A lightweight runtime CSS/JavaScript file minification, combination, compression & management library for ASP.Net Core
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README.md

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Smidge Smidge

Smidge 2.0.0-alpha - A lightweight runtime CSS/JavaScript file minification, combination, compression & management library for ASP.Net Core

Install/Configuration

Currently supporting ASP.NET Core 1.0, built against NETStandard.1.6 & .Net Framework 4.5.2

Nuget:

Install-Package Smidge -Pre
//Then register/configure smidge services
services.AddSmidge(/* optional IConfiguration parameter */);

See Installation for full configuration details

Usage

Pre-defined bundles

Define your bundles during startup:

services.UseSmidge(bundles =>
    {
        //Defining using JavaScriptFile's or CssFile's:

        bundles.Create("test-bundle-1", //bundle name
            new JavaScriptFile("~/Js/Bundle1/a1.js"),
            new JavaScriptFile("~/Js/Bundle1/a2.js"));

        //Or defining using file/folder paths:

        bundles.Create("test-bundle-2", WebFileType.Js, 
            "~/Js/Bundle2", "~/Js/OtherFolder*js");

        //Then there's all sorts of options for configuring bundles with regards to customizing their pipelines,
        //customizing how rendering is done based on Debug or Production environments, if you want to 
        //enable file watchers, configure custom cache busters or the cache control options, etc...
        //There's even a fluent API to do this! Example: 

        bundles.Create("test-bundle-3", WebFileType.Js, "~/Js/Bundle3")
            .WithEnvironmentOptions(BundleEnvironmentOptions.Create()
                    .ForDebug(builder => builder
                        .EnableCompositeProcessing()
                        .EnableFileWatcher()
                        .SetCacheBusterType<AppDomainLifetimeCacheBuster>()
                        .CacheControlOptions(enableEtag: false, cacheControlMaxAge: 0))
                    .Build()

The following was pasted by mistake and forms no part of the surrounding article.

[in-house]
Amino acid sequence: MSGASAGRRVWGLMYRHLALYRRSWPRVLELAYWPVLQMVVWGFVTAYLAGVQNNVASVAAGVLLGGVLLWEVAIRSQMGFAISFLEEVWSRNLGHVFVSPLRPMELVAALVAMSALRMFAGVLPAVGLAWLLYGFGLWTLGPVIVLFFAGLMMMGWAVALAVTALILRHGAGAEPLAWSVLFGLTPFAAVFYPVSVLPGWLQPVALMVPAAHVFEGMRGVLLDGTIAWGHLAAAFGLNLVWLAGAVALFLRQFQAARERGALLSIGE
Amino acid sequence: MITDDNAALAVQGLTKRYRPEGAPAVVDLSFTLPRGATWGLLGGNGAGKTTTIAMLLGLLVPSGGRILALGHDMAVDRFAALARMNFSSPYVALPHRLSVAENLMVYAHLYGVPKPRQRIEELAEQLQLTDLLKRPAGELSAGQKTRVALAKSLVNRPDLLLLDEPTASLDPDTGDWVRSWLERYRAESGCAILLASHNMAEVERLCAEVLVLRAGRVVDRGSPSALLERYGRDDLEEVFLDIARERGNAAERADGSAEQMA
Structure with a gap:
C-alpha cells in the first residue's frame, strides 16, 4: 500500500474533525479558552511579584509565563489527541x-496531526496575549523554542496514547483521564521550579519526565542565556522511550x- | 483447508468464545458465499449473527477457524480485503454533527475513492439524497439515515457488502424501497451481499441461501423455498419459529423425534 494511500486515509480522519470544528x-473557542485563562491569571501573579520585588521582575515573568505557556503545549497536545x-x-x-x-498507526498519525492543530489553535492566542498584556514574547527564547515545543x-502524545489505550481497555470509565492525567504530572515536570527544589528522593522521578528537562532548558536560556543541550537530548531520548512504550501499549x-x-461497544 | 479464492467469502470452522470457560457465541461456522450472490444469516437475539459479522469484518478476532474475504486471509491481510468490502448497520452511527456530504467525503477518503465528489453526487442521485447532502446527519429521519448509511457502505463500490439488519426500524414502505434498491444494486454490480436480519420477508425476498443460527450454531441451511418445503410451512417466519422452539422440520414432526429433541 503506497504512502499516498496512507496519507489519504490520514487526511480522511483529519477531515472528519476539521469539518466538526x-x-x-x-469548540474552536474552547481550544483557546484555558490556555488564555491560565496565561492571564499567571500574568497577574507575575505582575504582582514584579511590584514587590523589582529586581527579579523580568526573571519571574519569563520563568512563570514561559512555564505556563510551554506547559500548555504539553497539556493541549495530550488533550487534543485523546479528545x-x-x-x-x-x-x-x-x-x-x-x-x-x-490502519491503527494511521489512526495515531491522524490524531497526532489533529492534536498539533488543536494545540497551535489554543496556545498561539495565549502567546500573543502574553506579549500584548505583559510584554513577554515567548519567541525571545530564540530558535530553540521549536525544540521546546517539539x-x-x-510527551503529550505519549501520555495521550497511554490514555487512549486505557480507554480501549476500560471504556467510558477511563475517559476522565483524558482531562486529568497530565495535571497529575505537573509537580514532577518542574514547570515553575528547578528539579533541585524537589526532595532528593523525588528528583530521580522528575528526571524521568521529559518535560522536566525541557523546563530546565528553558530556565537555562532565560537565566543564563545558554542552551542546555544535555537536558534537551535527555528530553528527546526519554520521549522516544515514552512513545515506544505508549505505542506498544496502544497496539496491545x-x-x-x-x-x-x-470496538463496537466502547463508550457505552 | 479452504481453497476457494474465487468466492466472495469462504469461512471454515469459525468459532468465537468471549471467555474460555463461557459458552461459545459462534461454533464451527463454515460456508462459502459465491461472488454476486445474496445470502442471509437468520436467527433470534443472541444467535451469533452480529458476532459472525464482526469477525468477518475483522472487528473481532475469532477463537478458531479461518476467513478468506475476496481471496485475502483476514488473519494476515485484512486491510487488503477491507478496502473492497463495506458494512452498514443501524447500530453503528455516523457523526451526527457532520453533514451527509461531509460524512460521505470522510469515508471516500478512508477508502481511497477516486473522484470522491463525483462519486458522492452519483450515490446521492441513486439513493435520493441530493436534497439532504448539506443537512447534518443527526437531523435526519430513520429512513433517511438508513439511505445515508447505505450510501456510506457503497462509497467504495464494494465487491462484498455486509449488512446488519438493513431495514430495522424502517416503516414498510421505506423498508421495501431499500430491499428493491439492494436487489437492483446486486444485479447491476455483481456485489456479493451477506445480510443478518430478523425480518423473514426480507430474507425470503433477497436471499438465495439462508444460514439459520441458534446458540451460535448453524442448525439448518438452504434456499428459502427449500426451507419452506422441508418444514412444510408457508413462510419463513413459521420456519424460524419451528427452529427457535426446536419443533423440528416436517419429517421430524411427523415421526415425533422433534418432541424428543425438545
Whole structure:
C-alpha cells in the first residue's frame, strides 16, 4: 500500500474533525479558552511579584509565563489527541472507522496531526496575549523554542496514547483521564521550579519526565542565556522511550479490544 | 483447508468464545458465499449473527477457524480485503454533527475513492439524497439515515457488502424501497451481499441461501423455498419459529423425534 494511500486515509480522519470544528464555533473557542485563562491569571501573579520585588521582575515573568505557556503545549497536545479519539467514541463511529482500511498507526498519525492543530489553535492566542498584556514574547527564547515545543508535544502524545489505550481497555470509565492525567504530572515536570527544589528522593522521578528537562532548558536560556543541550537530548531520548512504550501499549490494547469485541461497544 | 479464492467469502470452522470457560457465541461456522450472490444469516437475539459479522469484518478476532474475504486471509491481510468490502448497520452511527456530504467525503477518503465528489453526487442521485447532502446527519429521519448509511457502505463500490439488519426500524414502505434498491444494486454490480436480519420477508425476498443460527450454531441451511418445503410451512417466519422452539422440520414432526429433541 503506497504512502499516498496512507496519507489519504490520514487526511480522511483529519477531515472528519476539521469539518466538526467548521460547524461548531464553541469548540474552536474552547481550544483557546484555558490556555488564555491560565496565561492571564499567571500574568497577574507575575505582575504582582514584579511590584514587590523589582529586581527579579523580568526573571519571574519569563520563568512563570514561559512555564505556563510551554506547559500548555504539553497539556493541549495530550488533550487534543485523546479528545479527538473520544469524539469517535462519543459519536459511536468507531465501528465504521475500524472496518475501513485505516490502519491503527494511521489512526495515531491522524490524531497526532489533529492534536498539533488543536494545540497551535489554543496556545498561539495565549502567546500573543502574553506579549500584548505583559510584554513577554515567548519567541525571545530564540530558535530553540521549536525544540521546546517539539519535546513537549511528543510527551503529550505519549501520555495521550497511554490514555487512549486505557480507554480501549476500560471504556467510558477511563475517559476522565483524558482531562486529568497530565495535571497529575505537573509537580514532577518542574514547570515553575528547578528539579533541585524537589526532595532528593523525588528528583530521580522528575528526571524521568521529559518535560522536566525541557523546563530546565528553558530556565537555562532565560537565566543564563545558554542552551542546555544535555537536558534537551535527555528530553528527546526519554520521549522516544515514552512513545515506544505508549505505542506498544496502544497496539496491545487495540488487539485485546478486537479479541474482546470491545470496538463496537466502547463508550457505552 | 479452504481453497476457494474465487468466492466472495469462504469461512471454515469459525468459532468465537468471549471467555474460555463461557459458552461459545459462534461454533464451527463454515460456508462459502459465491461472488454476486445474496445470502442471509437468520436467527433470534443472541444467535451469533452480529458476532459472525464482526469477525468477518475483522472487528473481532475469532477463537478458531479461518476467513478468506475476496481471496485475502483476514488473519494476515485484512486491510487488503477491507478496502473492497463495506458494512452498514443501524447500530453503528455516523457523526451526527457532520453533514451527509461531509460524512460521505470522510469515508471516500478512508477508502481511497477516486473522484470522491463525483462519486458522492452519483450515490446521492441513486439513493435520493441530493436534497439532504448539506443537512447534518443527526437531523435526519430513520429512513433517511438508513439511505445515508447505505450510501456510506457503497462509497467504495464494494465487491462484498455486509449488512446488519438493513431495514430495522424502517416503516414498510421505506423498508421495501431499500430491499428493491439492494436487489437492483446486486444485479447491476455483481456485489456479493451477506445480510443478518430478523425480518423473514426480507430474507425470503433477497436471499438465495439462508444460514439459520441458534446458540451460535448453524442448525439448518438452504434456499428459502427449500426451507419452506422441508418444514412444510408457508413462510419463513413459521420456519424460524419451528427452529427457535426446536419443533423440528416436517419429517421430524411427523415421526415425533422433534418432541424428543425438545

);
    });

If you don't want to create named bundles and just want to declare dependencies individually inside your Views, you can do that too! You can create bundles (named or unnamed) during runtime ... no problem.

See Declarations for full declaration/usage details

Rendering

The easiest way to render bundles is simply by the bundle name:

<script src="my-awesome-js-bundle" type="text/javascript"></script>
<link rel="stylesheet" href="my-cool-css-bundle"/>

This uses Smidge's custom tag helpers to check if the source is a bundle reference and will output the correct bundle URL. You can combine this with environment variables for debug/non-debug modes. Alternatively, you can also use Razor to do the rendering.

See Rendering for full rendering & debug mode details

Custom pre-processing pipeline

It's easy to customize how your files are processed including the way files are minified, how URLs are resolved, etc.... This can be done at a global/default level, at the bundle level or at an individual file level.

See Custom Pre-Processing Pipeline for information about customizing the pre-process pipeline

URLs

There's a couple of methods you can use retrieve the URLs that Smidge will generate when rendering the <link> or <script> html tags. This might be handy in case you need to load in these assets manually (i.e. lazy load scripts, etc...):

Task<IEnumerable<string>> SmidgeHelper.GenerateJsUrlsAsync()
Task<IEnumerable<string>> SmidgeHelper.GenerateCssUrlsAsync()

See Asset URLs for information about retrieving the debug and non-debug asset urls for your bundles

Documentation

All of the documentation lives here

I haven't had time to document all of the features and extensibility points just yet but I'm working on it :)

Copyright & Licence

© 2016 by Shannon Deminick

This is free software and is licensed under the MIT License

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